We had a fantastic weekend in Antrim. It might have been a long journey from Waterford to Ballycastle but it was worth it. Great people, great weather, lovely landscapes and great craic too. We sang in restaurants, pubs, at the ferry terminal, on stages, in bars and outside bars and we even had an impromptu sing-song on the ferry back from Rathlin in roughish weather: 'ah go on, gives us one song', which we did but we ended up singing seven songs, in the fresh air, and was it fresh!–one wave broke over the deck and saturated some of the crew who, unmoved, sang on!. Our audience grabbed Olly's hat and made a collection for us (has that ever happened us before?) and the proceeds of that collection we decided to donate to cancer research. Yes, definitely a memorable weekend and one that will live long in the memory. Many thanks to all the lovely people of Antrim who made our stay such an enjoyable one.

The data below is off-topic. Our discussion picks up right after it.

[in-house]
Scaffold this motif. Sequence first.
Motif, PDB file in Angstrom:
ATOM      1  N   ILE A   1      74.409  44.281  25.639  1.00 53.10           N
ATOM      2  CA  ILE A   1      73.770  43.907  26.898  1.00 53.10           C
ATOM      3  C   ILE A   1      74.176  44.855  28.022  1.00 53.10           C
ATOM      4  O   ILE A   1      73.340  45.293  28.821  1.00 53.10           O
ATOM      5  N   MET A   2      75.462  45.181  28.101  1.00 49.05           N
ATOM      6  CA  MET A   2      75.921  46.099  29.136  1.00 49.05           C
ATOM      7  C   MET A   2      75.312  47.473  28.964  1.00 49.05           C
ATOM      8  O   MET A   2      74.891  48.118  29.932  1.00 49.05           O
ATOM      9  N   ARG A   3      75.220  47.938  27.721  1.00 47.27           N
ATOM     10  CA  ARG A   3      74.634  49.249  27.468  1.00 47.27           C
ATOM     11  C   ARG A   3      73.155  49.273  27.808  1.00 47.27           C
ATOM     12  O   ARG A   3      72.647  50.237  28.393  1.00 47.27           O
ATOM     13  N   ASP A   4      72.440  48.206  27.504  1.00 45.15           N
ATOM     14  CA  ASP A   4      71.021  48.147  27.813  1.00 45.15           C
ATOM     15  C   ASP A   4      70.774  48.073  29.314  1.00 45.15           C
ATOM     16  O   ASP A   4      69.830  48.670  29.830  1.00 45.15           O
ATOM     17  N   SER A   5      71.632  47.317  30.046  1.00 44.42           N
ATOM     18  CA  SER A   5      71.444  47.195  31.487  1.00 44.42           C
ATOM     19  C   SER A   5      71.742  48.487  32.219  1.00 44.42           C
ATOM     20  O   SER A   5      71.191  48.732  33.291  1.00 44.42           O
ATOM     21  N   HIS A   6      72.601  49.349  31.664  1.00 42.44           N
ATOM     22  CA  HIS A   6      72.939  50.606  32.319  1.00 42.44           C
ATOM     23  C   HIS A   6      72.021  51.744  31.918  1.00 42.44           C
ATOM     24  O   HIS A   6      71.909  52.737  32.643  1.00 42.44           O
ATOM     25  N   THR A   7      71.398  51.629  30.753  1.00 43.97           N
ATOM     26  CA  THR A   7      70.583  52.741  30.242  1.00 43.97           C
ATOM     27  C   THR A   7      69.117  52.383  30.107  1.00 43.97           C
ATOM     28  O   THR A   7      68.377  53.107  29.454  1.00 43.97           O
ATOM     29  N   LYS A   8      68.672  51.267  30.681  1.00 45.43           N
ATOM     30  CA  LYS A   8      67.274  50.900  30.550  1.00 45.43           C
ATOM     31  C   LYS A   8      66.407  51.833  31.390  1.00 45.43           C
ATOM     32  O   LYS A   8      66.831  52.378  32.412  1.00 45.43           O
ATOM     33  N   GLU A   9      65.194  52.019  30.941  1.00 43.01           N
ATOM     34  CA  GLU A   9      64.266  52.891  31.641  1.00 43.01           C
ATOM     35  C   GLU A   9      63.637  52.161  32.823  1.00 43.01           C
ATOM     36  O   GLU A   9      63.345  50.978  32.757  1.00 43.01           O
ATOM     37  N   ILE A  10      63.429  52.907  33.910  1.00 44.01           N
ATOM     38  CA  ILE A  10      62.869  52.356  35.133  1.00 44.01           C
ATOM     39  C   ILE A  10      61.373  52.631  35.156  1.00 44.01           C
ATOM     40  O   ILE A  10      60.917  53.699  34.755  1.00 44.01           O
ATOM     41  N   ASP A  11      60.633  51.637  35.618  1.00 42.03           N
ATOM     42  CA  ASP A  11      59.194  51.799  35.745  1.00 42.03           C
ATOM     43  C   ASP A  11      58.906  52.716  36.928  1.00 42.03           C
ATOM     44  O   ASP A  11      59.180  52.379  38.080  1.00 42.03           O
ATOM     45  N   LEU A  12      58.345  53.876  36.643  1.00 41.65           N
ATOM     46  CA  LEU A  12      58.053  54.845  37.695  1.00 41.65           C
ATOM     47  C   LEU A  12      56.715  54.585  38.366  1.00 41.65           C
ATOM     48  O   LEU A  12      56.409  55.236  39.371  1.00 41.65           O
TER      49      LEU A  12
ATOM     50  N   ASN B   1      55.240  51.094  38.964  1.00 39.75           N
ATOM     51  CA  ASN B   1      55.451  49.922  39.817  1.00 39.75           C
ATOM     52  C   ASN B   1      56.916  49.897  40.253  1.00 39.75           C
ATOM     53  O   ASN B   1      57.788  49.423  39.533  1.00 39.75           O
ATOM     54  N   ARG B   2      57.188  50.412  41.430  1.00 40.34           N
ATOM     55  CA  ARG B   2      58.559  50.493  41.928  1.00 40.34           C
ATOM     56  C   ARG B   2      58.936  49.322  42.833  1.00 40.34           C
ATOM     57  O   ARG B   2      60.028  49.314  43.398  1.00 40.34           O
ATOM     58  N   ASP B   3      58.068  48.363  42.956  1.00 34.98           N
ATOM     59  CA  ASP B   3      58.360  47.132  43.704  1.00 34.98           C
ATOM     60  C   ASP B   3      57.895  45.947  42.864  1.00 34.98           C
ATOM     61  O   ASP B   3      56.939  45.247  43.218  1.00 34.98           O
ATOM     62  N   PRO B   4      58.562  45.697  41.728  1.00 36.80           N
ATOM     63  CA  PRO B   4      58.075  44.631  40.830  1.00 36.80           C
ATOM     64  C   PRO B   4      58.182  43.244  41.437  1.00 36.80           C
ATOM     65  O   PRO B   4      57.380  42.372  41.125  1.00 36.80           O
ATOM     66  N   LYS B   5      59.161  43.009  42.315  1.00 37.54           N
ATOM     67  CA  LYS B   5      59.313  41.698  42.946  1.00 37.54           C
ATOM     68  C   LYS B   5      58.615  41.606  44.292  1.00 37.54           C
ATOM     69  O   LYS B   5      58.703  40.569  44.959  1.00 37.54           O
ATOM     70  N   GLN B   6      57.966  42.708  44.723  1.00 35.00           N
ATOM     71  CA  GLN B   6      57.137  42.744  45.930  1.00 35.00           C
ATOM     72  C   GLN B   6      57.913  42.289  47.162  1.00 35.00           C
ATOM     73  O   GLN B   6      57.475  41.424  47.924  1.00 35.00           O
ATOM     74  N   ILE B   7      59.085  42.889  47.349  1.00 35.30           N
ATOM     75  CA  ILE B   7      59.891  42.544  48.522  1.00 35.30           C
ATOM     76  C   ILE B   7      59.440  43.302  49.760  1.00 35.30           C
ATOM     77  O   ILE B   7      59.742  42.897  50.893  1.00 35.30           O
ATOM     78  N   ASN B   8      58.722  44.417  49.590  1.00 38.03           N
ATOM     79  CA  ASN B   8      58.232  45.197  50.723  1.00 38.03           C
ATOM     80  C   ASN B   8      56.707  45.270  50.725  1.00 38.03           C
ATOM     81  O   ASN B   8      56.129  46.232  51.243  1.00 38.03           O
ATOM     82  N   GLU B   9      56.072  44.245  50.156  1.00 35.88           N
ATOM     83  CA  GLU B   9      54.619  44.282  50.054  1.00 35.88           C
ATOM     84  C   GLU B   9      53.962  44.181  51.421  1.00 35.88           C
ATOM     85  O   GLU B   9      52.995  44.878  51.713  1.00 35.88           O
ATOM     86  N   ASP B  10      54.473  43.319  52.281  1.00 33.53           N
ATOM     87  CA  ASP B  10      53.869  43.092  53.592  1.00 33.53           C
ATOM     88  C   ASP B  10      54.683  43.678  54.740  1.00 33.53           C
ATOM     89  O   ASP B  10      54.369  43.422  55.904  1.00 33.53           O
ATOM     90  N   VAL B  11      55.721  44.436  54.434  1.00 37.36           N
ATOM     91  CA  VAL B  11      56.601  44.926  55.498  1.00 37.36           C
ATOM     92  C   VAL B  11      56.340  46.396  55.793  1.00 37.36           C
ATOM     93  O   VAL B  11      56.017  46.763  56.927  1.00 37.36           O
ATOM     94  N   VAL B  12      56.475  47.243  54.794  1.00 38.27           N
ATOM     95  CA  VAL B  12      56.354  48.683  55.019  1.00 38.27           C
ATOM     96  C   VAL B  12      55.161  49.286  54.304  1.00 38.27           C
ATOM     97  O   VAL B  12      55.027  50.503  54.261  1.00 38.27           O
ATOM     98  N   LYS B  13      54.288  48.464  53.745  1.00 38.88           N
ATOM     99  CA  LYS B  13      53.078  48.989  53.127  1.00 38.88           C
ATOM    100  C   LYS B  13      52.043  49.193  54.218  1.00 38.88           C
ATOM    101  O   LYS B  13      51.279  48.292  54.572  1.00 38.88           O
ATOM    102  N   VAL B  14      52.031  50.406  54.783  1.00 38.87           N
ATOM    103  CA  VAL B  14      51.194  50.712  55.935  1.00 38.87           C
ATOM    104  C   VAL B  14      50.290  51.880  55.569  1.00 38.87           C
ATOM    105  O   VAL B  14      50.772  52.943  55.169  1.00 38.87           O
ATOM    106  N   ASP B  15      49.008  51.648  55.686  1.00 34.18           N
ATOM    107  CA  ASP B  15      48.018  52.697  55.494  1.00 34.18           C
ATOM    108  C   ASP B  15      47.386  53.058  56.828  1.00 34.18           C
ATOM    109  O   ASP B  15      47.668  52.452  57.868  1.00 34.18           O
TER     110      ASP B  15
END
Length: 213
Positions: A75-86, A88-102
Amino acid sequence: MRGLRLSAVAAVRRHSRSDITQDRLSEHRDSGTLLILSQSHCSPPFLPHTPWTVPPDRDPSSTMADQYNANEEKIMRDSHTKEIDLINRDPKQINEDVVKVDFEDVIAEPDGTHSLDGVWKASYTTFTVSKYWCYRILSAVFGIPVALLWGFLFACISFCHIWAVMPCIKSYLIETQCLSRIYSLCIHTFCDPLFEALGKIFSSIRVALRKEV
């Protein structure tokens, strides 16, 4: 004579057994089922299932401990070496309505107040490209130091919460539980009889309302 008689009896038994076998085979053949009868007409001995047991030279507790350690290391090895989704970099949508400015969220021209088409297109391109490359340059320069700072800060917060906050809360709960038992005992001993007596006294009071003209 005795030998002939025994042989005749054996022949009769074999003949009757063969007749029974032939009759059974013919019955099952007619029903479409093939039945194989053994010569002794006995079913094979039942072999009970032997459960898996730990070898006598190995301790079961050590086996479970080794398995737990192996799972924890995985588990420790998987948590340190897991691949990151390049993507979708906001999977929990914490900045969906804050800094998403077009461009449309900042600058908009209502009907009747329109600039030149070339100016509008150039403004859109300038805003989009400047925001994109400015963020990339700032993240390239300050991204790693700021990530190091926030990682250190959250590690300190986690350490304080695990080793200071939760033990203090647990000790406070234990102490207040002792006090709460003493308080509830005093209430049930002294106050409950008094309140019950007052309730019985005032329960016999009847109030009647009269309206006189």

The second annual Rosslare shanty bash took place in the Hotel Rosslare to raise funds for the local maritime museum and five groups sang heartily all evening long beginning at around 6.30. Hooks and Crookes performed for an almost an hour and we just about managed not to sing songs that anyone else sung. We finished off the night too around midnight and our last song, Health to the Company, really went down well and the clink of glasses resounded around the hotel. We retired then to the bar outside, where we were joined by the Molgoggers from Cobh and all present sang a couple of songs each, so it ended up being a late night, followed by an early rise as Joe had to get home to get to Thurles to see his beloved Kilkenny beat Tipp in a very entertaining national league hurling final.